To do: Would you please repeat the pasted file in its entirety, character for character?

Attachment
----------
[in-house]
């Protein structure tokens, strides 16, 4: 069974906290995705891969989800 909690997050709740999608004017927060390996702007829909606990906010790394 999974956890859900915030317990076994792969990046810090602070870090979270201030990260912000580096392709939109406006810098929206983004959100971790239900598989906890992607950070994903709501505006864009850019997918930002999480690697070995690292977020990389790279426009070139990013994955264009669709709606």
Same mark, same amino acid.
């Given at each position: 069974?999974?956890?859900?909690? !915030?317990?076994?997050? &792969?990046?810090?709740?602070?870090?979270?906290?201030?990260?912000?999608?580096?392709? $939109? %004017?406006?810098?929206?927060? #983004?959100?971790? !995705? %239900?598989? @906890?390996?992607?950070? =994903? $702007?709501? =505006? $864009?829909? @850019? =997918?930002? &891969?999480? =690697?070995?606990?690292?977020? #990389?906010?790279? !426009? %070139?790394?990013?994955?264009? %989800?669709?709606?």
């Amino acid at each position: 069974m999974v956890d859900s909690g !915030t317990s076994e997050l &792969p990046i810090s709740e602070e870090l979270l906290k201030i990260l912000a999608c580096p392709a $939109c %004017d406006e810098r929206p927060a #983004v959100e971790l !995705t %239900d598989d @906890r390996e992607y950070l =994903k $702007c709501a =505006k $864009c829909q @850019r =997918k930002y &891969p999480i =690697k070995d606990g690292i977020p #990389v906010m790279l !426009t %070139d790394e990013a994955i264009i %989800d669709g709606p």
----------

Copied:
[in-house]
């Protein structure tokens, strides 16, 4: 069974906290995705891969989800 909690997050709740999608004017927060390996702007829909606990906010790394 999974956890859900915030317990076994792969990046810090602070870090979270201030990260912000580096392709939109406006810098929206983004959100971790239900598989906890992607950070994903709501505006864009850019997918930002999480690697070995690292977020990389790279426009070139990013994955264009669709709606």
Same mark, same amino acid.
């Given at each position: 069974?999974?956890?859900?909690? !915030?317990?076994?997050? &792969?990046?810090?709740?602070?870090?979270?906290?201030?990260?912000?999608?580096?392709? $939109? %004017?406006?810098?929206?927060? #983004?959100?971790? !995705? %239900?598989? @906890?390996?992607?950070? =994903? $702007?709501? =505006? $864009?829909? @850019? =997918?930002? &891969?999480? =690697?070995?606990?690292?977020? #990389?906010?790279? !426009? %070139?790394?990013?994955?264009? %989800?669709?709606?």
């Amino acid at each position: 069974m999974v956890d859900s909690g !915030t317990s076994e997050l &792969p990046i810090s709740e602070e870090l979270l906290k201030i990260l912000a999608c580096p392709a $939109c %004017d406006e810098r929206p927060a #983004v959100e971790l !995705t %239900d598989d @906890r390996e992607y950070l =994903k $702007c709501a =505006k $864009c829909q @850019r =997918k930002y &891969p999480i =690697k070995d606990g690292i977020p #990389v906010m790279l !426009t %070139d790394e990013a994955i264009i %989800d669709g709606p």